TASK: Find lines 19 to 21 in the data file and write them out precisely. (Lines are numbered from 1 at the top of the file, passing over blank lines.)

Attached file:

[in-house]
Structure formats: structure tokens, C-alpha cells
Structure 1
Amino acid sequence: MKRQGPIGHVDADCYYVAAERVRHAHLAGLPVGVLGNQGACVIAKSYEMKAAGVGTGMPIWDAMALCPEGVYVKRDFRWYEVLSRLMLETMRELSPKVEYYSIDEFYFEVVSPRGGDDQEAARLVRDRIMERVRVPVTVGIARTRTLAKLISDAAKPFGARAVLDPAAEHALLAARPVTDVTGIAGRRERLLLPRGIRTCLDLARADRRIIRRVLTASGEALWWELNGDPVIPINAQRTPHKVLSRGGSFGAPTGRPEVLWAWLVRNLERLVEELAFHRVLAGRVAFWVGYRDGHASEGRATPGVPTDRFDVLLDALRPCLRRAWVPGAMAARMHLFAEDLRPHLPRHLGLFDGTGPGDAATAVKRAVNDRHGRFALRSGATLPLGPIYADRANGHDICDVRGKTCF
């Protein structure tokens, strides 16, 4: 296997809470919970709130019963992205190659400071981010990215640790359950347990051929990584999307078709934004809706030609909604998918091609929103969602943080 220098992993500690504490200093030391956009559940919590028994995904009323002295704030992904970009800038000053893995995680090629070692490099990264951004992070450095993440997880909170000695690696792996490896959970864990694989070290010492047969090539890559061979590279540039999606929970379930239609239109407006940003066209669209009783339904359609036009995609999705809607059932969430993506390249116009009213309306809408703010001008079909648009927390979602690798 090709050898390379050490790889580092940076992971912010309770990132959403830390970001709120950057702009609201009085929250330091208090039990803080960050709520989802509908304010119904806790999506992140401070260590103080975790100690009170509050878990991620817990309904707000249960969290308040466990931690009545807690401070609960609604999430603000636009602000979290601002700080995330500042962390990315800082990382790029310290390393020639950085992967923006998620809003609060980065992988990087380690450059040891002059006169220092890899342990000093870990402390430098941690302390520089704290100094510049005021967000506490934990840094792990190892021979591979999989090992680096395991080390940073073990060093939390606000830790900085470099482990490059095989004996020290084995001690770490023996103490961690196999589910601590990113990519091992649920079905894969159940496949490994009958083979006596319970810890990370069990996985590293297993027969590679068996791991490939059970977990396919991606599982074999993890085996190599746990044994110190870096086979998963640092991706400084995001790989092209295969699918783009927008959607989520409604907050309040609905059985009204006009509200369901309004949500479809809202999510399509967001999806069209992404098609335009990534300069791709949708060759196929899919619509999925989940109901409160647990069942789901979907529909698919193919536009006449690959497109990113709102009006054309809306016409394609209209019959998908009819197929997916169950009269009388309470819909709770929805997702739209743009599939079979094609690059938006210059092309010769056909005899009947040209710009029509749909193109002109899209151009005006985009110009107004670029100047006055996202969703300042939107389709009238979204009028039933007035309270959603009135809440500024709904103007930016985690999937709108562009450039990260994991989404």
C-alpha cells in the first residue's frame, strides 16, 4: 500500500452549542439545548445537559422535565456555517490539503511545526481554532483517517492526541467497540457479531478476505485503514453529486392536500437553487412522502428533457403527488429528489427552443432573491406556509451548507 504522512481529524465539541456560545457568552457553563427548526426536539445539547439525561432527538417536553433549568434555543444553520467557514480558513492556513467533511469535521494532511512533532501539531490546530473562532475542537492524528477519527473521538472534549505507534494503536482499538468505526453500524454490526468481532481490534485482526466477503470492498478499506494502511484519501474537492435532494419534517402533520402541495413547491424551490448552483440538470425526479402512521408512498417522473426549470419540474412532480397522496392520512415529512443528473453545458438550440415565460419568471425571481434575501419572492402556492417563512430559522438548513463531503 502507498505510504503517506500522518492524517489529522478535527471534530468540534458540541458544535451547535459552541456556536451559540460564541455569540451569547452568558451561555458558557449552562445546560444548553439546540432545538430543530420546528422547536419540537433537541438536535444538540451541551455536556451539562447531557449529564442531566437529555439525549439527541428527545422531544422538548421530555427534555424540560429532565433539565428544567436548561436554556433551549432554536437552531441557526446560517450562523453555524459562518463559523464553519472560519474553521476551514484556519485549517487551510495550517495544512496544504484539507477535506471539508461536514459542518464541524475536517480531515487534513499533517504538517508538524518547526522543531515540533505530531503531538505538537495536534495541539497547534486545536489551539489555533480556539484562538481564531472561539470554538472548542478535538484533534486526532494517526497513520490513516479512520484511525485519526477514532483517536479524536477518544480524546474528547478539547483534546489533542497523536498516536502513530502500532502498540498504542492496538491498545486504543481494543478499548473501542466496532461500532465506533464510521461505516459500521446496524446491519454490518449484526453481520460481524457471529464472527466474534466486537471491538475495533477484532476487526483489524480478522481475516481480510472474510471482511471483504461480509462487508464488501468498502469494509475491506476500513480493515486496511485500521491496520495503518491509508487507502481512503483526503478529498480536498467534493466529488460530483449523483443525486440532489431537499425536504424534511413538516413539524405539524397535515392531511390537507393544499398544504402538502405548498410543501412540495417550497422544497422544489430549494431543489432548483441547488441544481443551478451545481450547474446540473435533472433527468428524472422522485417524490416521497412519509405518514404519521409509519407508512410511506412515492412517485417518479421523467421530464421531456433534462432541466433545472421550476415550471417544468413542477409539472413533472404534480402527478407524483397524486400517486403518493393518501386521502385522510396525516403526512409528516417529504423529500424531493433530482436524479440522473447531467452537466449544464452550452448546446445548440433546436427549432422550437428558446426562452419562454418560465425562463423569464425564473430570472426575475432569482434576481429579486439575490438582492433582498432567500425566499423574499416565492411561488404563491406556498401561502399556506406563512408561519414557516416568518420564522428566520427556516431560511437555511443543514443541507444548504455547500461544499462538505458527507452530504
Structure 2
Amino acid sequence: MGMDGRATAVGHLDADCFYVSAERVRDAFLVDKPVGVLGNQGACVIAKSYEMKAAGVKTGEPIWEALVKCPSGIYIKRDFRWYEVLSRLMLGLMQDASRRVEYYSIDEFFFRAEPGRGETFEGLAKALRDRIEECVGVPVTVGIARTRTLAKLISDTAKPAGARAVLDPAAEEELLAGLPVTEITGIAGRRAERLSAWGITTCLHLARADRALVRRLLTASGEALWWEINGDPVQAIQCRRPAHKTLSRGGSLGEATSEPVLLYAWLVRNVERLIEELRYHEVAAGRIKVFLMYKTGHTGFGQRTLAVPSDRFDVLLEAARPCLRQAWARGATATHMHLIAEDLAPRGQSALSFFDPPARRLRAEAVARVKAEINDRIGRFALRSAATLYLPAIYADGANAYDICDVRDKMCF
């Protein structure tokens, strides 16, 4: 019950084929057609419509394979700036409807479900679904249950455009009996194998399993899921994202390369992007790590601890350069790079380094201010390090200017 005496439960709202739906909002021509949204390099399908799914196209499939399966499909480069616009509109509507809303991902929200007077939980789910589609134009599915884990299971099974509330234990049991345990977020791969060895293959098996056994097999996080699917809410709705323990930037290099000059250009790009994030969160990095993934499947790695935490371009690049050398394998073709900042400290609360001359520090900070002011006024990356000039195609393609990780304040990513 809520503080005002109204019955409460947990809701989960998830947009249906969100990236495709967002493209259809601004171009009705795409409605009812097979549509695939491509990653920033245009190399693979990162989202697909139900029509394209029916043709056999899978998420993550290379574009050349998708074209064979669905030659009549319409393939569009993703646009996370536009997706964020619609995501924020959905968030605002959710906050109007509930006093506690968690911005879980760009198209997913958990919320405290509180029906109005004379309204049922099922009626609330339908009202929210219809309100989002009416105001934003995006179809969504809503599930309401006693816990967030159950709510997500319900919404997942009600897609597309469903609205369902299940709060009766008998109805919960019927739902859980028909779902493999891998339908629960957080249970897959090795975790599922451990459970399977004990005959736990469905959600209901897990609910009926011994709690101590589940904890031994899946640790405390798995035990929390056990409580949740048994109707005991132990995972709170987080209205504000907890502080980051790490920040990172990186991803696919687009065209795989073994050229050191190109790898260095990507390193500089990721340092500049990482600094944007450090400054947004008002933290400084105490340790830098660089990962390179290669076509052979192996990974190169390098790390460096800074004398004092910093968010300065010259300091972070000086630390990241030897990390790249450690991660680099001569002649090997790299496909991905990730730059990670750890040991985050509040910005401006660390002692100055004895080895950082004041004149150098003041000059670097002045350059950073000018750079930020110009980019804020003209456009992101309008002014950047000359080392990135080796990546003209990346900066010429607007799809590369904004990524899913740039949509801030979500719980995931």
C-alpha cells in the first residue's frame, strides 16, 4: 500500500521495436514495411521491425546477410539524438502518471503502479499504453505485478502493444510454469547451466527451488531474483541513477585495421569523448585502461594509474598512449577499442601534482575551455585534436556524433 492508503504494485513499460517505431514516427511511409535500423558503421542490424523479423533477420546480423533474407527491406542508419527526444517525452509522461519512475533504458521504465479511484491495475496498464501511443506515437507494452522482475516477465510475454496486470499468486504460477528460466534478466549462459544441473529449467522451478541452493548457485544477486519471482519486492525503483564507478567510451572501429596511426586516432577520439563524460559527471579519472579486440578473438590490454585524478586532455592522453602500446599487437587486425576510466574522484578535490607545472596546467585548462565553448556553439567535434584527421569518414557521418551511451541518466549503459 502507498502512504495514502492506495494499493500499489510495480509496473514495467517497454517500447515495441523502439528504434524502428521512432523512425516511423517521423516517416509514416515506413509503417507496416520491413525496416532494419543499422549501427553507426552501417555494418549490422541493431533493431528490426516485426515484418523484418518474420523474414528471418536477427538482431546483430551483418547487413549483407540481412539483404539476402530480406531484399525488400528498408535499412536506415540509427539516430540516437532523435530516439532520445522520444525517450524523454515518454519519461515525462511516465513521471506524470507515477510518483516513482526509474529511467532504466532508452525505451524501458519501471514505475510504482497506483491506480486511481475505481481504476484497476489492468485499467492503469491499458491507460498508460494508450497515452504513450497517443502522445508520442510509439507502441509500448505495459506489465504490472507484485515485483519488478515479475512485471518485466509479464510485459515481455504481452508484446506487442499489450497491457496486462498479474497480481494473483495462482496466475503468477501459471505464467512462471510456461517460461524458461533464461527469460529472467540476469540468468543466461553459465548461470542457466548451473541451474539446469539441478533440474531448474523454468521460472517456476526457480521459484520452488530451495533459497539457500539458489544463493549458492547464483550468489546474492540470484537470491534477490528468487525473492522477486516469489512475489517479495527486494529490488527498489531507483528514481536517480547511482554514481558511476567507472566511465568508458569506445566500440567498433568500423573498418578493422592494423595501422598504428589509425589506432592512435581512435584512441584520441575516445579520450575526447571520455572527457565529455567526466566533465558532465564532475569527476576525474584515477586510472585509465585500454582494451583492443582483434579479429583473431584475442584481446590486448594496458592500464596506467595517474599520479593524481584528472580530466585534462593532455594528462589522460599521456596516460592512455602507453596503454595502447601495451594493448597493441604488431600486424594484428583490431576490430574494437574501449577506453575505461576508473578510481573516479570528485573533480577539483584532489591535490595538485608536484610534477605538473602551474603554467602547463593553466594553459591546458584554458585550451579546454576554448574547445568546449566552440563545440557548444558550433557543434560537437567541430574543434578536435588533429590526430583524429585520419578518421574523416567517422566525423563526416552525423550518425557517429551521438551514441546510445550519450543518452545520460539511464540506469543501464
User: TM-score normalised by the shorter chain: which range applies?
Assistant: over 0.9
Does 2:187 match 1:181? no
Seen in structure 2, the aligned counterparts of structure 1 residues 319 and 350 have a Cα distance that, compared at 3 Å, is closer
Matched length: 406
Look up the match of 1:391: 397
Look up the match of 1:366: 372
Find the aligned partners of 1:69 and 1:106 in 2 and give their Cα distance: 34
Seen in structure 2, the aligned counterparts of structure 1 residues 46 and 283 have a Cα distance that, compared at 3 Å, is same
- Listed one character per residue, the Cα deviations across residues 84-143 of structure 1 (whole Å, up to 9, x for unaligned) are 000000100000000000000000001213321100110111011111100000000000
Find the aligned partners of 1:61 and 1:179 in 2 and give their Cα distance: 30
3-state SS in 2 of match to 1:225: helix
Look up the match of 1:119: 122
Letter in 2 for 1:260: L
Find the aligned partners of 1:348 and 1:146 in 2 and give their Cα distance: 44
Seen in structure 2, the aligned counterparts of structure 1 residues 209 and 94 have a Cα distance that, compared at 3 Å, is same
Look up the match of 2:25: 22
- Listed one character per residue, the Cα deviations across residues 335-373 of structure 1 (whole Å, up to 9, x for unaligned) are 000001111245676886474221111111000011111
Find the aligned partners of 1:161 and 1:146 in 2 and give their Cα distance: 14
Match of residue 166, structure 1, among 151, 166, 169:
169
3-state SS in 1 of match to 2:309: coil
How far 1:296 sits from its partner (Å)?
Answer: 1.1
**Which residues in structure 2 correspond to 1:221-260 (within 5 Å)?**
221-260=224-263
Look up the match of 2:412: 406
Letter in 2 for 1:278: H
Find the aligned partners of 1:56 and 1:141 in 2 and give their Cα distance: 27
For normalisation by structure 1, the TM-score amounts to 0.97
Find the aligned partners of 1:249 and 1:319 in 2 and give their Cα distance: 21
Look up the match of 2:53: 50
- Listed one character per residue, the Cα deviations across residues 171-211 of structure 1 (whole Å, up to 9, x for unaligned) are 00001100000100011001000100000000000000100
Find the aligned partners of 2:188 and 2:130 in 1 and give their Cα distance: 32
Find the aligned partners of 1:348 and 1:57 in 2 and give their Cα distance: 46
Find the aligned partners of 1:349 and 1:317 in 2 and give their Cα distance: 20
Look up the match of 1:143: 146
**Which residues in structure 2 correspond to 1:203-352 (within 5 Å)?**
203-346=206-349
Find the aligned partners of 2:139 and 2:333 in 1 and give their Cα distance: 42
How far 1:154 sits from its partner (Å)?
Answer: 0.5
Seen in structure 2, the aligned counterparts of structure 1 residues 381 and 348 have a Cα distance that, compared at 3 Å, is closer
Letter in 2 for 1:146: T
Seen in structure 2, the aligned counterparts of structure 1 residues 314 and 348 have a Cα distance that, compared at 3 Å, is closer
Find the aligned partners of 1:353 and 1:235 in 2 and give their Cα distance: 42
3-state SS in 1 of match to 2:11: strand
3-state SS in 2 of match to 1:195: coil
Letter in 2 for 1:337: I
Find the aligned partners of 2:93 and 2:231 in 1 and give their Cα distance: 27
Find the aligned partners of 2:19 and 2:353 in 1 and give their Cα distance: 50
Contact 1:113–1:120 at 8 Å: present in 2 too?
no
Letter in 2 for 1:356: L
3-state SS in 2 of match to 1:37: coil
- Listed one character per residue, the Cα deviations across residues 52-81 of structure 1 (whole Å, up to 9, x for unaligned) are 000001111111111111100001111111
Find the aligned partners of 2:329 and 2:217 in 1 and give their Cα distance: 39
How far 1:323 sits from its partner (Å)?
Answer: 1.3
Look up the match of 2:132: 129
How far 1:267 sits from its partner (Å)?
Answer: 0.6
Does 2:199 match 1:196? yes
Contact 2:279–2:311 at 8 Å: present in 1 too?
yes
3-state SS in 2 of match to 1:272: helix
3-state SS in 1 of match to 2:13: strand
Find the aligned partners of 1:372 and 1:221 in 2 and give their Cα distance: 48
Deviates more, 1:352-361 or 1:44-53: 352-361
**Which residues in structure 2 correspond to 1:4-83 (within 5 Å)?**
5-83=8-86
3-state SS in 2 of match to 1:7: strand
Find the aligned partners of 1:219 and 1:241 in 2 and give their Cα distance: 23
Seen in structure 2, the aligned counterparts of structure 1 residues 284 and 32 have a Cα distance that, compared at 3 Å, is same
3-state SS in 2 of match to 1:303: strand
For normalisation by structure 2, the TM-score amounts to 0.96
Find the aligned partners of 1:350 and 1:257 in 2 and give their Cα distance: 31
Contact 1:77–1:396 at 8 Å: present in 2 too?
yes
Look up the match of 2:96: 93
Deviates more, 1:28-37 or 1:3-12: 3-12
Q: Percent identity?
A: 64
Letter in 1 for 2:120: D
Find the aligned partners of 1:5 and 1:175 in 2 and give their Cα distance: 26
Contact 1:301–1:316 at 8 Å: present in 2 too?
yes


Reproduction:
Seen in structure 2, the aligned counterparts of structure 1 residues 46 and 283 have a Cα distance that, compared at 3 Å, is same
- Listed one character per residue, the Cα deviations across residues 84-143 of structure 1 (whole Å, up to 9, x for unaligned) are 000000100000000000000000001213321100110111011111100000000000
Find the aligned partners of 1:61 and 1:179 in 2 and give their Cα distance: 30